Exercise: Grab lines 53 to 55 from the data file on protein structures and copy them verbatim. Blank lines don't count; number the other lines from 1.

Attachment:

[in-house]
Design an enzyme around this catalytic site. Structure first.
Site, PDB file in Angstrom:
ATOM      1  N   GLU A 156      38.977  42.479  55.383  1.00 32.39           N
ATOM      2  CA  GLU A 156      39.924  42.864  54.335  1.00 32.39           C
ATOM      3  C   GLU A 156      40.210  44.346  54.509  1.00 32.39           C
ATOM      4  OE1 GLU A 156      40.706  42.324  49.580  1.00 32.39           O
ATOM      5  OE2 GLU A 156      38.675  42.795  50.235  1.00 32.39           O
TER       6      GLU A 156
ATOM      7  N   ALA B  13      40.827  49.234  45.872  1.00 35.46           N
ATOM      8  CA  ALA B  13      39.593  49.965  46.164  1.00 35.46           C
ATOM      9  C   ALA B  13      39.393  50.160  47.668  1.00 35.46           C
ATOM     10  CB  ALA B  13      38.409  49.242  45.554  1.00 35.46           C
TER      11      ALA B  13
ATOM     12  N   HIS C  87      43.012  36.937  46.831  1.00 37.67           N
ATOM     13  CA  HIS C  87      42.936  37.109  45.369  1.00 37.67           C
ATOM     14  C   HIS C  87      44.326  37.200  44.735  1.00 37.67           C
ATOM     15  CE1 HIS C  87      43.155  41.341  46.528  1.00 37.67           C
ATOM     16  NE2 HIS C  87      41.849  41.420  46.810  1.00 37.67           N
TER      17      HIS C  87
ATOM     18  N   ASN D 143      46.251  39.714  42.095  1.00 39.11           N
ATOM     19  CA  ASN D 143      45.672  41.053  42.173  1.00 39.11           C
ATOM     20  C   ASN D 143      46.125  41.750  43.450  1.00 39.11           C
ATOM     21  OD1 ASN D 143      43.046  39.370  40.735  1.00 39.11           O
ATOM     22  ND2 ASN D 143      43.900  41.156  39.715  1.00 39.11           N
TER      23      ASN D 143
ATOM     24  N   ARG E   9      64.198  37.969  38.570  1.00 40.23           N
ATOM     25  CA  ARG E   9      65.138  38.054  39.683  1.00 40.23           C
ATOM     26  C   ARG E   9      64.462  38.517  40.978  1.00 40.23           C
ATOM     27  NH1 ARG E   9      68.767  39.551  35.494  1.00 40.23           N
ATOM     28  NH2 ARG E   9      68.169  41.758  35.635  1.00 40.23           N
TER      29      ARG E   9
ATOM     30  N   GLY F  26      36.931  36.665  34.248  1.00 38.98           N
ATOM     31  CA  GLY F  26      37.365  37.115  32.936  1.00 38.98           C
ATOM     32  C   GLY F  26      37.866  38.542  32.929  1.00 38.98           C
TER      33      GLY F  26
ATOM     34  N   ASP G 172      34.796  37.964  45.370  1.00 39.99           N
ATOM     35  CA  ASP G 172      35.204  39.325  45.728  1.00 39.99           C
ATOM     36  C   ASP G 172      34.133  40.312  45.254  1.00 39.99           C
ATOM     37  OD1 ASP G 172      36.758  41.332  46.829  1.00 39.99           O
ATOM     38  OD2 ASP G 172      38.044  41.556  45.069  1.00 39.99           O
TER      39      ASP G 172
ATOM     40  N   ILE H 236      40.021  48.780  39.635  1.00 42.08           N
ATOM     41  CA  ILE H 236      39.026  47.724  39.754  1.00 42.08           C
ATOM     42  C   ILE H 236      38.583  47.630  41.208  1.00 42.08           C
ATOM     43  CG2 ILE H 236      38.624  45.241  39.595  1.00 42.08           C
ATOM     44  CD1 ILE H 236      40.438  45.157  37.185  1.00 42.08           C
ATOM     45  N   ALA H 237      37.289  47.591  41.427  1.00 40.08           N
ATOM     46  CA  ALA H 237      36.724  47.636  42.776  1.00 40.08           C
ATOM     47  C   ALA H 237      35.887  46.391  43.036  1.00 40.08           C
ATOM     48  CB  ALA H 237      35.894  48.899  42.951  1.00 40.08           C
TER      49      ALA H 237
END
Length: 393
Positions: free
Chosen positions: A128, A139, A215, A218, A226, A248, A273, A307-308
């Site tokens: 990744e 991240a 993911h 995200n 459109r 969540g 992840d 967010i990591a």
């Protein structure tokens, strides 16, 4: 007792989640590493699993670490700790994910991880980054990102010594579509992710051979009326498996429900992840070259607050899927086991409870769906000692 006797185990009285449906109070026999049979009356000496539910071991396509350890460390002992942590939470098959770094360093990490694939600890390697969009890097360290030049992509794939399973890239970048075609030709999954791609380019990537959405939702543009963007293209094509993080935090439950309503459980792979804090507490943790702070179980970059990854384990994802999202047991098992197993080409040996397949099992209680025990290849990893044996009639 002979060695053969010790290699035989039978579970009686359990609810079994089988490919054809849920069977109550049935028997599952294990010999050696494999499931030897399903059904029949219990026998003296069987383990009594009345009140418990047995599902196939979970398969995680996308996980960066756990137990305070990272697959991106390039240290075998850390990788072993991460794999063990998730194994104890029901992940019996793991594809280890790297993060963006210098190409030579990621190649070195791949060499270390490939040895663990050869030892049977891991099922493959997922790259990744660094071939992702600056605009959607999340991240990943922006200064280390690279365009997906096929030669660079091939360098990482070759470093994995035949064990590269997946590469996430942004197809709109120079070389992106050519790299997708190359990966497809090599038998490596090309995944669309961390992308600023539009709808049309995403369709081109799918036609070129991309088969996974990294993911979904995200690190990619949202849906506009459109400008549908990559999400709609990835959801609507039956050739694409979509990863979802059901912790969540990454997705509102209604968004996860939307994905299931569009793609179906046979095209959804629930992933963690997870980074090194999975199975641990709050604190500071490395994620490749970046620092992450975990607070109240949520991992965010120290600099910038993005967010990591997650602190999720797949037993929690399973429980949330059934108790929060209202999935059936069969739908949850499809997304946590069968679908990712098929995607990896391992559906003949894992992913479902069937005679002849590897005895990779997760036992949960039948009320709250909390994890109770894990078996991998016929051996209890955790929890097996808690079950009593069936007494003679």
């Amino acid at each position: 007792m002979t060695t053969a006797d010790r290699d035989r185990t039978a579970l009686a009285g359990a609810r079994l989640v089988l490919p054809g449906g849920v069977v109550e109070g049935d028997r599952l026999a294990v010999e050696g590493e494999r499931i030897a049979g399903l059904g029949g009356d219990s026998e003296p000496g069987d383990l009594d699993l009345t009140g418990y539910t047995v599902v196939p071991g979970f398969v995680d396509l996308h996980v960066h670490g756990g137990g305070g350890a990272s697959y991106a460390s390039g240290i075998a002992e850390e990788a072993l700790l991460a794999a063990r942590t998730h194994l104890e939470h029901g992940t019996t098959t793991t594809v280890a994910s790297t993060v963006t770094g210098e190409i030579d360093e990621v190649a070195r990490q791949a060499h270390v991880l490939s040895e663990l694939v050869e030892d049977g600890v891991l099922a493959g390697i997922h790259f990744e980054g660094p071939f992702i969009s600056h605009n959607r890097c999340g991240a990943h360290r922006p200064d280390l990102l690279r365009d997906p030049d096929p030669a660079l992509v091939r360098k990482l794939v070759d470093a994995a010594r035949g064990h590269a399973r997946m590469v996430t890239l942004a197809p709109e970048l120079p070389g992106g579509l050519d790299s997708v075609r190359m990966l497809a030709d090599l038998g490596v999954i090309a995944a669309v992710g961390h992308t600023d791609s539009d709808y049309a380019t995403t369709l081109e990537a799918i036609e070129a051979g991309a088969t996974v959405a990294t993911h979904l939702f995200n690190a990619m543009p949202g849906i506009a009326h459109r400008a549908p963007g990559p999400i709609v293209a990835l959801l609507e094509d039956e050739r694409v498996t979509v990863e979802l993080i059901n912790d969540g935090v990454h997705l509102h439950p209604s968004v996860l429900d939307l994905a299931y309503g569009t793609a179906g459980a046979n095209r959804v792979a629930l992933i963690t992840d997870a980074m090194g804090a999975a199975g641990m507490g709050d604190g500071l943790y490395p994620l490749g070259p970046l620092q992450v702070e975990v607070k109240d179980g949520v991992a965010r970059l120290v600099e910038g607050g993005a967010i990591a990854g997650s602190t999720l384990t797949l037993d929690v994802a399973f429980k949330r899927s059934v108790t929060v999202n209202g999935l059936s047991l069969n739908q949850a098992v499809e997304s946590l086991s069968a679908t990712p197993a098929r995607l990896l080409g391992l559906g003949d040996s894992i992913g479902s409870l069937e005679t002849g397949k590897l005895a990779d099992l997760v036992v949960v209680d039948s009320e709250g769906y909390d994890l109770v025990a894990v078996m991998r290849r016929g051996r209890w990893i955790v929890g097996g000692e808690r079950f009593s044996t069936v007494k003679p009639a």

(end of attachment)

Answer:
END
Length: 393
Positions: free